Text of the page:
The works are housed in a post-modern building (1981) built to replace the original gallery (built 1853) which was destroyed in the Second World War.
It’s impossible to list everything on display here, and since viewing art is a subjective thing I’d like to take you through what stood out for me on a tour of the Neue Pinakothek.
Room 18 bears witness to French impressionists including Edouard Manet, whose bourgeois Luncheon in the Studio (1868) is a major draw card. Vincent van Gogh’s immortal Still Life: Vase with Twelve Sunflowers (1888) hangs in Room 19 alongside more works from the man who cut off his ear to spite his face.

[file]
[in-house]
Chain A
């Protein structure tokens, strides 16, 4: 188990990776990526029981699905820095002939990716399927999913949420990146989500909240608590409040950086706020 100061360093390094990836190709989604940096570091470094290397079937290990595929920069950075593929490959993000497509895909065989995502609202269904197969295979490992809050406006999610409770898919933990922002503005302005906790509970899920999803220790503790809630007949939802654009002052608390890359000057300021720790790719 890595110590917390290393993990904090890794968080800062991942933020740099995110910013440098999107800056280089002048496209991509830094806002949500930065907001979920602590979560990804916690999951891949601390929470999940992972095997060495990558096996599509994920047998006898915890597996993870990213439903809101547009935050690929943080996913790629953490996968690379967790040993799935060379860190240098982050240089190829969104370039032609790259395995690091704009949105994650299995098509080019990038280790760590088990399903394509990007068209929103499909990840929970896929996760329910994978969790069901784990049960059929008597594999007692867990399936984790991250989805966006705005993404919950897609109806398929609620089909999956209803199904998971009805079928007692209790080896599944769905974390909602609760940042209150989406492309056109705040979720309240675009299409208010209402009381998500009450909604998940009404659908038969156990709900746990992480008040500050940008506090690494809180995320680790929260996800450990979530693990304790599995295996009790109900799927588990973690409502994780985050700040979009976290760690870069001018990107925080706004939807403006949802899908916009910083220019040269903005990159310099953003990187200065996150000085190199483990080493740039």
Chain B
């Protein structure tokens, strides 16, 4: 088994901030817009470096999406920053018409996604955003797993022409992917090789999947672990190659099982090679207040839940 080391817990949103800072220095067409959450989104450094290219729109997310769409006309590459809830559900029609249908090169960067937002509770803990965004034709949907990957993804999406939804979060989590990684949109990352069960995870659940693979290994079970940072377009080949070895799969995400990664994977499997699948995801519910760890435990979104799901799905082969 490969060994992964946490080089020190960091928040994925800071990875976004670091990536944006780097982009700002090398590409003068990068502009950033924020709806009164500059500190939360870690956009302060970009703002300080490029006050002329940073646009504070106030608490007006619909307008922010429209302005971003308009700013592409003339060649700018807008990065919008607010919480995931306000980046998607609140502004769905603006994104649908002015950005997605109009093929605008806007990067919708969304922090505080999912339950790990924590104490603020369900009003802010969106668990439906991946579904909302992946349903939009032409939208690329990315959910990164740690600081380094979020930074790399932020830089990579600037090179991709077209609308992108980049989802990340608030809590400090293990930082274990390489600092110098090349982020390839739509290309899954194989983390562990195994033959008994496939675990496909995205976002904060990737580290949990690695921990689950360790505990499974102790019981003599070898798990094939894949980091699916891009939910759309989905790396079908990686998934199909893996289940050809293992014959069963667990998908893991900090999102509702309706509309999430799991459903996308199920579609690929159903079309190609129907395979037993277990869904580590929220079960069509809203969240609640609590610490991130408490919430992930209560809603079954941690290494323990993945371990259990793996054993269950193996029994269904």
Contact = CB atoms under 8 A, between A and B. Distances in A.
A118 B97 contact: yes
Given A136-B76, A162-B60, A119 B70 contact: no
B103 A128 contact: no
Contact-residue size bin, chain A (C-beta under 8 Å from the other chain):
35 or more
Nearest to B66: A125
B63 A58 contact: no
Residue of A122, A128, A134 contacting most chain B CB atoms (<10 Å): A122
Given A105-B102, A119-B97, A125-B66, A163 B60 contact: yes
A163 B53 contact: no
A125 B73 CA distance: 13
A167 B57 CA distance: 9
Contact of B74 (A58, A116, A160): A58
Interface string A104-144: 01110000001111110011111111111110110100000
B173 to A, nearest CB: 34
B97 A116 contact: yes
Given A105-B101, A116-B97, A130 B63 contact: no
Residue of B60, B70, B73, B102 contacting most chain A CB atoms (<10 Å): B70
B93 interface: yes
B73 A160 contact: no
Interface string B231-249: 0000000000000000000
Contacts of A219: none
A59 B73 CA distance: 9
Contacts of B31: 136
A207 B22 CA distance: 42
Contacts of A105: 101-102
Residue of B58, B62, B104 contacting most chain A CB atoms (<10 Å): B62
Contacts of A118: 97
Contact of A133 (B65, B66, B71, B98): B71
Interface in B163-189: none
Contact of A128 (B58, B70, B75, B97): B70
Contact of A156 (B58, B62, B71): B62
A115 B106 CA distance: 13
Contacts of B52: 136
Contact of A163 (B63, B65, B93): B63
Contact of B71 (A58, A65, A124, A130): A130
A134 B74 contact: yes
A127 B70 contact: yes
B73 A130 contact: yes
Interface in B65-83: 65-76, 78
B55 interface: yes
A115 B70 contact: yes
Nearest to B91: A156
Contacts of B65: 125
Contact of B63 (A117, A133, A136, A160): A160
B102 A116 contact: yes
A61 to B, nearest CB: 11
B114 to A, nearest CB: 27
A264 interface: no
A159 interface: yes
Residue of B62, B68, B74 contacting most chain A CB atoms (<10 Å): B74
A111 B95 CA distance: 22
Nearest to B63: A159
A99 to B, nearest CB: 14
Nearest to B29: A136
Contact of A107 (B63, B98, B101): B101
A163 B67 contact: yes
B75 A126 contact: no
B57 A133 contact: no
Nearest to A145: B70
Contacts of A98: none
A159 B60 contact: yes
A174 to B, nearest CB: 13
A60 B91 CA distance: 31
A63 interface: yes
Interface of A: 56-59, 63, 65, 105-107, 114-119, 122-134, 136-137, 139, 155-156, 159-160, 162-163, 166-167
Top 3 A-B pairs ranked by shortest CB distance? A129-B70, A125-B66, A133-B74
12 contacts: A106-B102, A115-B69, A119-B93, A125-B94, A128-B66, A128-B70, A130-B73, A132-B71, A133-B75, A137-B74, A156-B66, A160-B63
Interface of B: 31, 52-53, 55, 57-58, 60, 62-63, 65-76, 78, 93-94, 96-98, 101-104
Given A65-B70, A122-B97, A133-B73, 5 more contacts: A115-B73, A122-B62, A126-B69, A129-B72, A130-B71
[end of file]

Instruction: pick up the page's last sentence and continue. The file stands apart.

Late impressionists like Claude Monet are at home in Room 20. This was the group of painters crafting their work from an intricate series of dots. Monet’s Water-Lillies (1915) still puts bums on seats and Edvard Munch’s Woman in Red Dress (Street in Aasgaardstrand) from 1903 had me yearning for the Dutch countryside.
About the last you see is Ferdinand Hodler’s Tired of Life (1892), with its row of depressed old gents reflecting how your feet may be feeling after your tour.
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